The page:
Transit and Transition

Innisfil is not very ‘walkable’. That’s not surprising for a municipality formed out of the amalgamation of several small rural settlements scattered over an historically agricultural area. Cookstown was an early urban hub for surrounding farms, and Belle Ewart was the terminus of a railway line that carried pure blocks of Lake Simcoe ice as far as Florida before the advent of mechanical refrigeration. Alcona and Lefroy were summer playgrounds for post-war cottagers. Now Alcona is Innisfil’s designated “urban core”, accounting for about half of the Town’s population.

There is an interesting web site,, that will calculate a walking score (0 to 100) for many urban areas, as well as specific addresses. The scale is divided this way:

  • Walker’s paradise 90-100
  • Very walkable 70-89
  • Somewhat walkable 50-69
  • Car dependent 25-49
  • Very car dependent 0-24

It is based on a number of factors including distance to different types of amenities like parks, schools and shopping; population density; and “road metrics” like block length and intersection density. (Related transit and cycling scores are available as well). While I would take these numbers with a grain of salt, it does provide some interesting comparisons to current surrounding municipalities: 

  • 82 Orillia – Very Walkable
  • 74 Newmarket – Very Walkable
  • 64 Bradford – Somewhat Walkable
  • 40 Barrie – Car Dependent
  • 18 Innisfil – Very Car Dependent

We can improve these results locally by focusing on a specific area. Cookstown (57) and Alcona (59) rate a little better as “somewhat walkable”. Note that these Innisfil settlements are already considered to be more walkable than sprawled-out Barrie, overall.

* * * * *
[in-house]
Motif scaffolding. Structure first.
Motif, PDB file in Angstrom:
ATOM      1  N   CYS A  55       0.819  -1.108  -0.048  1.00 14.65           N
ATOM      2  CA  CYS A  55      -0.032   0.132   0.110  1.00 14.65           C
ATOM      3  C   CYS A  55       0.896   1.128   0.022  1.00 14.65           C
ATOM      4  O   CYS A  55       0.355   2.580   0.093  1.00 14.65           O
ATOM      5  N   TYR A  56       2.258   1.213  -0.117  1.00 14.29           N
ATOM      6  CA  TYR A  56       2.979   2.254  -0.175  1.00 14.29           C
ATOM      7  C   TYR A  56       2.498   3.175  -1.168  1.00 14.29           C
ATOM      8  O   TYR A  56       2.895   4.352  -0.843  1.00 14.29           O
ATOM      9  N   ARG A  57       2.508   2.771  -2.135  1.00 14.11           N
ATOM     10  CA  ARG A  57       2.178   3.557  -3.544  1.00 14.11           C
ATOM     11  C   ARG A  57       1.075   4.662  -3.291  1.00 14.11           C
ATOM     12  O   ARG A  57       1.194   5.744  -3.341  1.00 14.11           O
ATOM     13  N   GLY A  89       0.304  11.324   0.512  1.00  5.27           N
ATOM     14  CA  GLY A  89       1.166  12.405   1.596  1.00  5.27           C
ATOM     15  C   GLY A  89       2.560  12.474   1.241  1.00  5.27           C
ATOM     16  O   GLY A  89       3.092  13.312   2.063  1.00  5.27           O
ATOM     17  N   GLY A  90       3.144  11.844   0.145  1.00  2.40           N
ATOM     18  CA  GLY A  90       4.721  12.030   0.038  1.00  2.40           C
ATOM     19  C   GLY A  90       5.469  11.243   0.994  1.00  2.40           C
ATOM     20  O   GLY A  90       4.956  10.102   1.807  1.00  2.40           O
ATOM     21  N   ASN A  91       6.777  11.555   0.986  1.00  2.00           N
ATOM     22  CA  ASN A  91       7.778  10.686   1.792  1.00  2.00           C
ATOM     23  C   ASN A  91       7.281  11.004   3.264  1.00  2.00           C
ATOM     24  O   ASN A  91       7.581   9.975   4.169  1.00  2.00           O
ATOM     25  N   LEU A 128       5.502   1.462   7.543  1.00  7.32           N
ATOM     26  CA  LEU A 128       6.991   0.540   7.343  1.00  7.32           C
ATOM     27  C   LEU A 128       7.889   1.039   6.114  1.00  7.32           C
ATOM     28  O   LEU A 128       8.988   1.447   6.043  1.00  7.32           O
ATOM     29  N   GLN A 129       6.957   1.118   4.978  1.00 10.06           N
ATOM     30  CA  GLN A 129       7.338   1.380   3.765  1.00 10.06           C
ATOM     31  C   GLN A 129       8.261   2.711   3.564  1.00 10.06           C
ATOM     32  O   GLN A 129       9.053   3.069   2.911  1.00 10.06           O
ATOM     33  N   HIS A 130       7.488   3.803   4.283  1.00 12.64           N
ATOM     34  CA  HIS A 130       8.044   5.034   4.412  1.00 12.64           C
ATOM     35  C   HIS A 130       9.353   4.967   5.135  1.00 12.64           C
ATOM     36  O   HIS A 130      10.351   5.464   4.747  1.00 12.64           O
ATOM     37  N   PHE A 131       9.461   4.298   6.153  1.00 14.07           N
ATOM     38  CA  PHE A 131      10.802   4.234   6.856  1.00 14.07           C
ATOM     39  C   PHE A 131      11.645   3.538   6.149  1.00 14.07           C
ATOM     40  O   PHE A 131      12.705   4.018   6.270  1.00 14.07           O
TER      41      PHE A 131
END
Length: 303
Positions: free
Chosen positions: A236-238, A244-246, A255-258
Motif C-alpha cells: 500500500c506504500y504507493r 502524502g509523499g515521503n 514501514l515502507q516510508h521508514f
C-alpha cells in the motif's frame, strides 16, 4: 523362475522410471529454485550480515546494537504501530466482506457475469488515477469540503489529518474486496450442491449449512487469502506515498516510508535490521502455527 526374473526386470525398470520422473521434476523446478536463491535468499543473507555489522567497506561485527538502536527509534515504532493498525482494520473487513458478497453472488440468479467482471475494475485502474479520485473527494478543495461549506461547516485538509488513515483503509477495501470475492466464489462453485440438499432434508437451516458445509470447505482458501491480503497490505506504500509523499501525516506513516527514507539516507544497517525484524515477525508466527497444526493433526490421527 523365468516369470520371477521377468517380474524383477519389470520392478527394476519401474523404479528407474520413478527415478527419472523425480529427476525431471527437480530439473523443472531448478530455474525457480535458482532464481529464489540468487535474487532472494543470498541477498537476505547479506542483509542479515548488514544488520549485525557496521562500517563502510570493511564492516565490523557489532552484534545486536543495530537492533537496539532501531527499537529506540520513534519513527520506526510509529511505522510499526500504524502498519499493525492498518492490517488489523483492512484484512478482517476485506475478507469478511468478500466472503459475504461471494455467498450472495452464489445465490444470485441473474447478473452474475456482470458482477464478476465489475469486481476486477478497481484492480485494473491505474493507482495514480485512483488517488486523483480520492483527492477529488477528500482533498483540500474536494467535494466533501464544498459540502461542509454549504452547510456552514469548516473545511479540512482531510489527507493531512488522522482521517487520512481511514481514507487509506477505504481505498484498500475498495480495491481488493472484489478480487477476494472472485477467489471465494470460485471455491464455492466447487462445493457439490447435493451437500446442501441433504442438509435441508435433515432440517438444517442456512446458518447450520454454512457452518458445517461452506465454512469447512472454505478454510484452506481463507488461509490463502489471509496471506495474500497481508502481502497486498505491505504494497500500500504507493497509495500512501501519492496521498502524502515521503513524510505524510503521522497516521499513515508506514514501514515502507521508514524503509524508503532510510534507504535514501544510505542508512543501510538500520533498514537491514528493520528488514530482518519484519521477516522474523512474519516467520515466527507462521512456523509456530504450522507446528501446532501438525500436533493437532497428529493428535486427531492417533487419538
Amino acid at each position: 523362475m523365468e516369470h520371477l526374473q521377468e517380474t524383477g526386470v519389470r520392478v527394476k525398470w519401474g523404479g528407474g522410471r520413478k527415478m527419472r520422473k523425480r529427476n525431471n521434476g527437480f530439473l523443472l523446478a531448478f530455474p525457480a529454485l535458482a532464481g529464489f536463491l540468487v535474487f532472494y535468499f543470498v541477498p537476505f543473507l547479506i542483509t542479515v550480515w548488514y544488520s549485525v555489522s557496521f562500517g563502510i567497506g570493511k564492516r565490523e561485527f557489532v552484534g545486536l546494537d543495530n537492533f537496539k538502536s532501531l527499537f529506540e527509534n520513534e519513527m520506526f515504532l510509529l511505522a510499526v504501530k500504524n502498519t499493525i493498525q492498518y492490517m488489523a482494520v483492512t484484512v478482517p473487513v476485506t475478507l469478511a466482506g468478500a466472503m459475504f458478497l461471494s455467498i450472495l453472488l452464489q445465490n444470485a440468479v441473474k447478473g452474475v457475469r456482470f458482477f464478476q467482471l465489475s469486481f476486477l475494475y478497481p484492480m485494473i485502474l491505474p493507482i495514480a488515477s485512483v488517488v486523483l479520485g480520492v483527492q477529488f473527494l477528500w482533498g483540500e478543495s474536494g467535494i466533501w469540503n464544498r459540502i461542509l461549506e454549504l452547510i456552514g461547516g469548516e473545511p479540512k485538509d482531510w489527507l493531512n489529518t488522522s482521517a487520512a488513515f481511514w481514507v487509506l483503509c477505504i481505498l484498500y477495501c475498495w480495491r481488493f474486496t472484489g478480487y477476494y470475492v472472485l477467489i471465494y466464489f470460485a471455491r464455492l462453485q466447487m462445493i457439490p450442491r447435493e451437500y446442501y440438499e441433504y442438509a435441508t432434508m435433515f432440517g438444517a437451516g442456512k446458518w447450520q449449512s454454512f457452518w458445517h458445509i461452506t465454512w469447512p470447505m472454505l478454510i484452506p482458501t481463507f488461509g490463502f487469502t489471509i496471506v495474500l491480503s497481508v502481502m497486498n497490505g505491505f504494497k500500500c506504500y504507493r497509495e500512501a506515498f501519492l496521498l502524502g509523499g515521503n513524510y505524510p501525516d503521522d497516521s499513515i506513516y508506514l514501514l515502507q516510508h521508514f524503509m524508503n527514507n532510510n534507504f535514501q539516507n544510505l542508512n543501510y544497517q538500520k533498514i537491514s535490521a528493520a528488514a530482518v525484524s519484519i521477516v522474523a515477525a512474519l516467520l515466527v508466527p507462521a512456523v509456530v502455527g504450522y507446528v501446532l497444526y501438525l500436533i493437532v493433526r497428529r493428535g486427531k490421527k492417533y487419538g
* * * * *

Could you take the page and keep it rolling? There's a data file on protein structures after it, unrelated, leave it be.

The Town’s Retail Demand Study (2011) demonstrated that shopping opportunities here are limited and, as a result, the majority of consumer spending takes place outside of Innisfil. That means a lot of car trips to surrounding municipalities. The question of providing a transit service is a recurring one. While a segment of the population wants transit, there is a legitimate fear that an adequate service would be unaffordable.

The Town is taking another stab at this issue with a new study being conducted by the MM Group and assisted by Environics Research. Half of the cost is funded from the County of Simcoe. Information will be collected from residents primarily through a telephone survey to determine how many people want transit, where they want to go, and how often. The consultants will analyze the data to consider all transportation possibilities including a dial-up ride, and other options besides conventional transit.

The Transition Movement builds resilience by improving local economic activity, and employment as well as reducing dependence on carbon-based transportation by making it possible to walk, bike and use transit more often. I see opportunities to improve in all these areas and look forward to learning what the consultants discover.